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Babies killed to mask infidelity in Senegal

Senegalese women who get pregnant outside marriage commonly kill their babies out of fear and shame according to new research. In Senegal, abortion is illegal except to save a woman’s life and secret backstreet abortions are also rife. Husbands living and working away is one of many factors driving infanticide in the West African country, where many young women with unwanted pregnancies see their only choice is to kill their baby. Sexual promiscuity, poverty and ignorance about contraception are other factors, but shame around unplanned pregnancy especially by sex outside marriage is a common link.  "Infanticide has become the antidote to illicit affairs that result in pregnancy – to avoid gossip and shame to the family and to hide infidelity, especially when the woman is bound by marriage," said sociologist Aly Khoudia Diao. Thirty to forty per cent of women with unwanted pregnancies commit infanticide he estimates from his research. "It is a worrying statistic, and it's growing," he told the United Nations news service, IRIN. "Five to 10 per cent of these are linked to emigration," Diao said. "Sex is a physiological need. Some of these women marry quite young and sooner or later they will be pursued by other men. And in a moment of weakness they commit adultery."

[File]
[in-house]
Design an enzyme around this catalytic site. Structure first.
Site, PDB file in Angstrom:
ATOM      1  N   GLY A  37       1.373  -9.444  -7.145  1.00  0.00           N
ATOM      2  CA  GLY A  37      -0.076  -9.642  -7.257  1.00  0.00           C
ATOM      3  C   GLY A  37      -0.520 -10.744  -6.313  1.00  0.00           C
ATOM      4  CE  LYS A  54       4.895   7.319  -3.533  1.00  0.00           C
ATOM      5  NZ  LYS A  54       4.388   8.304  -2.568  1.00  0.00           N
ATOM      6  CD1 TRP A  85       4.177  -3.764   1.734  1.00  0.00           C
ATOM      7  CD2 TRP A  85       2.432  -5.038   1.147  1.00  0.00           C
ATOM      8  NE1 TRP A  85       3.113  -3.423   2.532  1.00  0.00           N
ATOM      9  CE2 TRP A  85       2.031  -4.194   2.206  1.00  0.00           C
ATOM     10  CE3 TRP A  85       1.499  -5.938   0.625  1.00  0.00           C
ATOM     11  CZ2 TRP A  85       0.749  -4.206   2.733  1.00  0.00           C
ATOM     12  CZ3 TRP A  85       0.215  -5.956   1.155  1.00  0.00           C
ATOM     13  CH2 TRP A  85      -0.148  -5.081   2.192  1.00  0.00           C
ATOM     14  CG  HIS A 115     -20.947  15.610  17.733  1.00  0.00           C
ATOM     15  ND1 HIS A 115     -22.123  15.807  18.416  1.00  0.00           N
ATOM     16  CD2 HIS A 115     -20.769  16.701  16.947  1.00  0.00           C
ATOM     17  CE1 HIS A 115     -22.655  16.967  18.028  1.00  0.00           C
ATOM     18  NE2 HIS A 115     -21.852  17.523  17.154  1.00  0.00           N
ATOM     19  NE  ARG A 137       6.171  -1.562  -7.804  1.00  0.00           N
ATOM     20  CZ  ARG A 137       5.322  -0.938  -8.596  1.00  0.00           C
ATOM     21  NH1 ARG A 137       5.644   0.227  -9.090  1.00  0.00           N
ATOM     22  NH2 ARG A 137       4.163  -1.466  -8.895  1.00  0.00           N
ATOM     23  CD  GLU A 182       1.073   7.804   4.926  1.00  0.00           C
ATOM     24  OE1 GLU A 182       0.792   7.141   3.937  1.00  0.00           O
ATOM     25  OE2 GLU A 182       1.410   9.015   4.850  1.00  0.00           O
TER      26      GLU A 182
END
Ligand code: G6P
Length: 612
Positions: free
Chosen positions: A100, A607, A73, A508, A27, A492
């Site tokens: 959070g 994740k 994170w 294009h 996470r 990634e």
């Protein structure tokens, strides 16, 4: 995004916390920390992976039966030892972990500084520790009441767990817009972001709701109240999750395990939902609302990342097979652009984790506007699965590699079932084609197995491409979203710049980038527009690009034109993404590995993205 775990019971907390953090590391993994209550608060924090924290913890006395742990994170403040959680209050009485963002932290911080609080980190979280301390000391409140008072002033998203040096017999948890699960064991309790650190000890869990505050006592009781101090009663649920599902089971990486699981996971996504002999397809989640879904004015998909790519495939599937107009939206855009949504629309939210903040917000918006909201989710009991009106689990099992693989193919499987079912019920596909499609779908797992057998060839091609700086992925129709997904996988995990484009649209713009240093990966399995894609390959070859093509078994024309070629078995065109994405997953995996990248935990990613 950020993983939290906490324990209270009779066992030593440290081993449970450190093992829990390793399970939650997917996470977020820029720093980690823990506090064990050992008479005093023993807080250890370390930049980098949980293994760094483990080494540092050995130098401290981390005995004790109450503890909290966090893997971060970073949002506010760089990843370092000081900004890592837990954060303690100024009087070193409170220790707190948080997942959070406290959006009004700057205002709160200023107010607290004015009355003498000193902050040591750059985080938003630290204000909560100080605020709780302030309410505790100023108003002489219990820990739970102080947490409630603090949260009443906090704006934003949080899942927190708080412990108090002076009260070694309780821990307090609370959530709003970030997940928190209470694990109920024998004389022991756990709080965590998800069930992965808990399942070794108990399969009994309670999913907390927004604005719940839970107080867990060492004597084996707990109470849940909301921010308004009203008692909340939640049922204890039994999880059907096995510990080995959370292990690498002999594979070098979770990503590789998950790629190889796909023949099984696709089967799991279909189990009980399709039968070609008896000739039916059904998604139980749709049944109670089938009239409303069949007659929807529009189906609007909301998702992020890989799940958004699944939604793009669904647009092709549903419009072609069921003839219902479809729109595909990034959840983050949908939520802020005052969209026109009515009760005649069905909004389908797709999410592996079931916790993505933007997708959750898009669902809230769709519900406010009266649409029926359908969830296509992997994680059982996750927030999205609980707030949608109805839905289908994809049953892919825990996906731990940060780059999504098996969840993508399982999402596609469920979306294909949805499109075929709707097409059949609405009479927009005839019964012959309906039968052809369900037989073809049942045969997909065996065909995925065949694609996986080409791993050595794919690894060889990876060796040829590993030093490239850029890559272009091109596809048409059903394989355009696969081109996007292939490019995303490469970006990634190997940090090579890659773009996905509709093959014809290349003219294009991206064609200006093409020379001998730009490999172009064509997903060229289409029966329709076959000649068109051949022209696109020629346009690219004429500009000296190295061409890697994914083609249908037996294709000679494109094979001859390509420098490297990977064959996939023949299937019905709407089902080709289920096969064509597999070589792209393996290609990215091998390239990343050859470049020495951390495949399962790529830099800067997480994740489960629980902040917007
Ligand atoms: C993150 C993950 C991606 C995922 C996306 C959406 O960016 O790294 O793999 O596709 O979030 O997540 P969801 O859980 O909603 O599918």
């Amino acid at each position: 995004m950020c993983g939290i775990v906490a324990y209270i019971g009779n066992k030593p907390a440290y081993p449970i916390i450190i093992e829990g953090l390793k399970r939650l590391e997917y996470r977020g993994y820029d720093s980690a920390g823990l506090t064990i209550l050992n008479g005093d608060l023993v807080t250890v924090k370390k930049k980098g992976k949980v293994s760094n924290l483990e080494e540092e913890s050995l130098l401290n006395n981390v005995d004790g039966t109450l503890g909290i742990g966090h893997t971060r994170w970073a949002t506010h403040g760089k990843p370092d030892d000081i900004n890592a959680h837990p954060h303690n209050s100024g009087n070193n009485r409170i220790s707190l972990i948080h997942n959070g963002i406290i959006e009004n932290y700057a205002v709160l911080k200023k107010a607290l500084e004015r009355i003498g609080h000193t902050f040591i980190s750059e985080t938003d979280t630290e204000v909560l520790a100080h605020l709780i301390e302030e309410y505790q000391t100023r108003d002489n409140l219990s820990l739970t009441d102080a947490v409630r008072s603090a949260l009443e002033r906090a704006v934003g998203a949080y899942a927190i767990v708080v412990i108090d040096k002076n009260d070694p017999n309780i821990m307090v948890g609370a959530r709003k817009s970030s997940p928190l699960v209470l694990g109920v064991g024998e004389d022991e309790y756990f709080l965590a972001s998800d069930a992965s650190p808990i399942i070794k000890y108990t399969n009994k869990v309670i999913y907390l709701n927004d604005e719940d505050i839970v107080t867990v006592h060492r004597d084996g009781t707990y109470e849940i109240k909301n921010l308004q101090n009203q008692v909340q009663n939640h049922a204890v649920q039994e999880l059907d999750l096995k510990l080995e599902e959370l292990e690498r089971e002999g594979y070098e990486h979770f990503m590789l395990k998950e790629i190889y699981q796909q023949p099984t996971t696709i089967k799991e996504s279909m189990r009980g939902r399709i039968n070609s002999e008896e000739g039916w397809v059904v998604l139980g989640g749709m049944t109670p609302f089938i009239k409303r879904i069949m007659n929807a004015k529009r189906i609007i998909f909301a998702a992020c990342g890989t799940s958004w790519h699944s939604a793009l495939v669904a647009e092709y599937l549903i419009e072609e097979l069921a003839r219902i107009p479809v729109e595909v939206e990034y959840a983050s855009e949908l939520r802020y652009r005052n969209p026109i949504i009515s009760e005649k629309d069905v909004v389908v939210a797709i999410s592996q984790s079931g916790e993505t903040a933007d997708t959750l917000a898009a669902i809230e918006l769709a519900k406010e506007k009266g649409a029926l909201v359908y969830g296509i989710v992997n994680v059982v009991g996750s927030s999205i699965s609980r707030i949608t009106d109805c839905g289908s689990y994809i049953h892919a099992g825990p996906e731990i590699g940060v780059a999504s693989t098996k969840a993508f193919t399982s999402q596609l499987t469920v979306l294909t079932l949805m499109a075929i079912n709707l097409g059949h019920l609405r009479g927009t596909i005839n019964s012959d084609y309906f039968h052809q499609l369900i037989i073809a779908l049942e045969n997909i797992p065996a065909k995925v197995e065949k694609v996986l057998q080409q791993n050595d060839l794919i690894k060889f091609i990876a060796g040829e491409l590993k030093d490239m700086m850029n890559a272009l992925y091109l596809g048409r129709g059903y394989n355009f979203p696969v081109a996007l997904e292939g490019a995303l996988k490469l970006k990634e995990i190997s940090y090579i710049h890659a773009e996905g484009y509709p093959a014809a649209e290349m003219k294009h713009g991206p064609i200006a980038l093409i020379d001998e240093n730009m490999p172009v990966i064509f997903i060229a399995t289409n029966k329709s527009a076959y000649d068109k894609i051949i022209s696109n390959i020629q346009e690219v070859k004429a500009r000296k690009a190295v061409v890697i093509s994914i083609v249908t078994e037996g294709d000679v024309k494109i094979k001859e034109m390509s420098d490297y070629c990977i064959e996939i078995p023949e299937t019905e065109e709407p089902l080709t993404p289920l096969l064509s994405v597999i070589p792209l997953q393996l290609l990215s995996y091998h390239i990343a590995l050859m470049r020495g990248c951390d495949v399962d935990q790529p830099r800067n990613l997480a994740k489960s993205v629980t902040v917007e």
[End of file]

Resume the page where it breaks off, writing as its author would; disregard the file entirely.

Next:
In some cases the women’s families them into killing their own babies said the US’s Senegal Human Rights report. Methods ranged from burying them alive, putting them in septic tanks, or simply abandoning them along the road.  When the authorities find out the mother’s identity, she is arrested and prosecuted. In Louga, a city north of the capital, Dakar, at least two babies are known to have been killed by their mothers since October, and five cases of infanticide were reported in 2008.  "These infanticides are linked to emigration,” said Moustapha Ndour, gendarmerie commander. "The men leave their wives – who are very young – for two, five, 10 years.” He said one woman recently charged with the crime in Louga is married to a man living abroad. "She did not want anyone to ever see the child, which is why she threw the body into a well." Babies bodies have turned up in wells and in the streets; some are buried he added. The government backed organisation Development Gateway Senegal, said that women in Senegal are marginalised and lack access to resources and social services.